So, there are 2 ways in order to handle this scenario:

i) Handle exceptions using exceptionally() callback

exceptionally() gives us a chance to recover by returning a default value or taking an alternative function that will be executed if preceding calculation fails with an exception.

private static void exception() {
Integer age = 1;
CompletableFuture<String> exceptionFuture = CompletableFuture.supplyAsync(() > {
if (age < 0) {
throw new IllegalArgumentException("Age can not be negative");
}
if (age > 18) {
return "Adult";
} else {
return "Child";
}
}).exceptionally(ex > {
System.out.println("Oops! We have an exception – " + ex.getMessage());
return "Unknown!";
});
exceptionFuture.thenAccept(System.out::println); //Unknown!
}

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exceptionally.java
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ii) Handle exceptions using the generic handle() method

The API also provides a more generic method – handle() to recover from exceptions. It is called whether or not an exception occurs. If an exception occurs, then the result argument will be null, otherwise, the ex argument will be null.

private static void exceptionUsingHandle() {
Integer age = 1;
CompletableFuture<String> exceptionFuture = CompletableFuture.supplyAsync(() > {
if (age < 0) {
throw new IllegalArgumentException("Age can not be negative");
}
if (age > 18) {
return "Adult";
} else {
return "Child";
}
}).handle((result, ex) > {
if (ex != null) {
System.out.println("Oops! We have an exception – " + ex.getMessage());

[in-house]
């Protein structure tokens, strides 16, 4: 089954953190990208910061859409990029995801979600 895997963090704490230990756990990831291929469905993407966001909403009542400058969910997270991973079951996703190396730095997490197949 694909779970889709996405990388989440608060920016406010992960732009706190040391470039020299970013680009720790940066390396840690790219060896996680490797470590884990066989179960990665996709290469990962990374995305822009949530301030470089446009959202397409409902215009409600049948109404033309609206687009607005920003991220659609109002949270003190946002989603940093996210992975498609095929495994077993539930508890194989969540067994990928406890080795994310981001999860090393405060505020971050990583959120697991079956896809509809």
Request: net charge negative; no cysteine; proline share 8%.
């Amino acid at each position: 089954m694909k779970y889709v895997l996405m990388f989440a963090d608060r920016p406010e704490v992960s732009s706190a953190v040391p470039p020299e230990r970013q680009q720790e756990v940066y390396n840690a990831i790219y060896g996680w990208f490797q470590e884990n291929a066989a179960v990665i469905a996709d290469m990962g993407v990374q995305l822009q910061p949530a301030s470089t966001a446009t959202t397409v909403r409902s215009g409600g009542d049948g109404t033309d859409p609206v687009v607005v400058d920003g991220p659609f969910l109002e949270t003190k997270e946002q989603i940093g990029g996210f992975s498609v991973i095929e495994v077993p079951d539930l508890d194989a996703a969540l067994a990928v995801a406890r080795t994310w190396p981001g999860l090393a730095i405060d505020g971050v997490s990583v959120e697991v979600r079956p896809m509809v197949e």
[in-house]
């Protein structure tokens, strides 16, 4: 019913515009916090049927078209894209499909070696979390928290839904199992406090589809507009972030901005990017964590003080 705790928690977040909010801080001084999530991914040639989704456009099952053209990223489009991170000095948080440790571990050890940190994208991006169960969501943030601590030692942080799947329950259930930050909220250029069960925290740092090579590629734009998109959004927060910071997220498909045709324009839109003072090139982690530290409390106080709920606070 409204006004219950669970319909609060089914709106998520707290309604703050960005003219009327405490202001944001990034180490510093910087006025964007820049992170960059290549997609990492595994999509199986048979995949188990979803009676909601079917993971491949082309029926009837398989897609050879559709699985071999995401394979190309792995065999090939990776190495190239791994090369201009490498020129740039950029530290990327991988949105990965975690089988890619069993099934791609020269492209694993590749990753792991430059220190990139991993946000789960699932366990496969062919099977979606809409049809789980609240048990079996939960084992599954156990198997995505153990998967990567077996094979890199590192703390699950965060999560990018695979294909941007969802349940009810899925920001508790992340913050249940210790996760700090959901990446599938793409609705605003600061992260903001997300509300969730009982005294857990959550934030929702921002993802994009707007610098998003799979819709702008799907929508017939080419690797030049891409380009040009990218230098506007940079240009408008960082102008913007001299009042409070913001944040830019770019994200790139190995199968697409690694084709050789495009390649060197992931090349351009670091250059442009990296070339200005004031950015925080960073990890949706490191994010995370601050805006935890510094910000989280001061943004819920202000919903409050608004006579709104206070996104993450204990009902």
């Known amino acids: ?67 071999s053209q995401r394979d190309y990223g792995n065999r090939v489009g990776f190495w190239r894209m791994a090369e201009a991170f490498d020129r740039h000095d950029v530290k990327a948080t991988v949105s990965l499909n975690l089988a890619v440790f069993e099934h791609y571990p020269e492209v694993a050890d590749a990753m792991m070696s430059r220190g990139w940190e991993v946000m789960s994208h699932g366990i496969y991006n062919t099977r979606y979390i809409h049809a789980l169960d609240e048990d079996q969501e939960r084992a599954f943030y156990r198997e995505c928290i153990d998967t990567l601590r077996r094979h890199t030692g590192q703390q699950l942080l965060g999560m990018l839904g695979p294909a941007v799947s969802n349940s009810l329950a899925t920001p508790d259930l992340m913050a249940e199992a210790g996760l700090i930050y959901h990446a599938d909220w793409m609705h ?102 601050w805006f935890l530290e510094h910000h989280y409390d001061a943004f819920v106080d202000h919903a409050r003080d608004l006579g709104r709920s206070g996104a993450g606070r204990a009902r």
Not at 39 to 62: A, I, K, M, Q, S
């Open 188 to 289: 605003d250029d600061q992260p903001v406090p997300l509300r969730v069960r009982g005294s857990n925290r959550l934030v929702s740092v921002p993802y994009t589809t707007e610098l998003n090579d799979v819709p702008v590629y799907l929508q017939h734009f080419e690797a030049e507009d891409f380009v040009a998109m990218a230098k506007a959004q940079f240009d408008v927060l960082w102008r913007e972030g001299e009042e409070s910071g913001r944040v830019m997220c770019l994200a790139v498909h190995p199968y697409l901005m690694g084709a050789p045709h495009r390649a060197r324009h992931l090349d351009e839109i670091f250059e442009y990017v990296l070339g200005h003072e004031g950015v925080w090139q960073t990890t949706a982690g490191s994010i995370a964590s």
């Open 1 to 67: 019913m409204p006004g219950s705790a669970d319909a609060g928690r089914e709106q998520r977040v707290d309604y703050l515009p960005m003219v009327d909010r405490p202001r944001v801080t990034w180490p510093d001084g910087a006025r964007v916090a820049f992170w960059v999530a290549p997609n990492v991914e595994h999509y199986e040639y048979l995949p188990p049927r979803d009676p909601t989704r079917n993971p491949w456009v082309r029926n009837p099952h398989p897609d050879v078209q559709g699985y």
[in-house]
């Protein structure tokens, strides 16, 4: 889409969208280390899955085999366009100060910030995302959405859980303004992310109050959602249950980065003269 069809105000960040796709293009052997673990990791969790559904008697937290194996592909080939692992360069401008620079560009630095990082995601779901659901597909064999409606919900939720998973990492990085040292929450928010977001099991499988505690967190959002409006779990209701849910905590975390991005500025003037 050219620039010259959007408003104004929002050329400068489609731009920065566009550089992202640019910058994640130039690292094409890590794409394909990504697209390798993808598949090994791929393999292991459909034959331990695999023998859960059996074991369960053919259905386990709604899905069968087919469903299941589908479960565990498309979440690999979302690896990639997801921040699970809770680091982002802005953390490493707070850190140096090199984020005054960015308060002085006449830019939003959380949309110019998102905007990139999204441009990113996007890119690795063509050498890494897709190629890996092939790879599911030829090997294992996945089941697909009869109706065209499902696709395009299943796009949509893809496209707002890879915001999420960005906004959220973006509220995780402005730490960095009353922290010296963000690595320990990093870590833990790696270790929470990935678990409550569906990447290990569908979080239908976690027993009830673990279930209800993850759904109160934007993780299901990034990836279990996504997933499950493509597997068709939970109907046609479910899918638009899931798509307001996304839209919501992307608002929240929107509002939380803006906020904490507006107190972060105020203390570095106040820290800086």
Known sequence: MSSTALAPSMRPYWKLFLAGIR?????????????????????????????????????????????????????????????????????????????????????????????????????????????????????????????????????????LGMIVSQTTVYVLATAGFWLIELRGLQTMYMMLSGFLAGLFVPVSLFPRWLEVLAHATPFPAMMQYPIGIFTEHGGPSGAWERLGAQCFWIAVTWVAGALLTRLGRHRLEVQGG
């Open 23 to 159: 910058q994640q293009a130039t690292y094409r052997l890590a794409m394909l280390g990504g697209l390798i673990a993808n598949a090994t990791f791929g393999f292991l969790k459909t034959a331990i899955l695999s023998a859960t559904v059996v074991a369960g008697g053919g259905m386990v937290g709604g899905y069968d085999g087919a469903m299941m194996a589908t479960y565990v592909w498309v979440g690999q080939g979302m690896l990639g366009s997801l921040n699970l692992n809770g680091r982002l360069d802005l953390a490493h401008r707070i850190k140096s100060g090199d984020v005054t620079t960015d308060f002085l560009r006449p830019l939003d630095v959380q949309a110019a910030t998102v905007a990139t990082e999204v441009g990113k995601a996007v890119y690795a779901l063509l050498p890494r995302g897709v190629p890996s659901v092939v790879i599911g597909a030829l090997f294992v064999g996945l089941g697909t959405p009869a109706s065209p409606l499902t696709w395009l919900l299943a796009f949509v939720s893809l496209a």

return "Unknown!";
}
return result;
});
exceptionFuture.thenAccept(System.out::println); // Unknown!
}

Here is the link for the demo code and link for my previous blog.

References :

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Written by 

Jasmine is a Software Consultant, with an experience of more than 11 months. She is familiar with Object Oriented Programming Paradigms and has a good command over C/C++. Apart from being a programmer, She is also fond of relational database technologies such as PostGreSQL & MySQL. Apart from that, work life balance is one of the most important thing for her. Her hobbies include watching netflix,chatting ,surfing net and writing.

1 thought on “Future vs CompletableFuture in Java- #24 min read

  1. Java 8 has some exciting features at the JVM level and language level. Absolute must to know features of Java 8 are :
    1. Lambda Expressions
    2. Parallel Operations
    3. Introduction of Nashorn
    4. New Date/Time API’s
    5. Concurrent Accumulators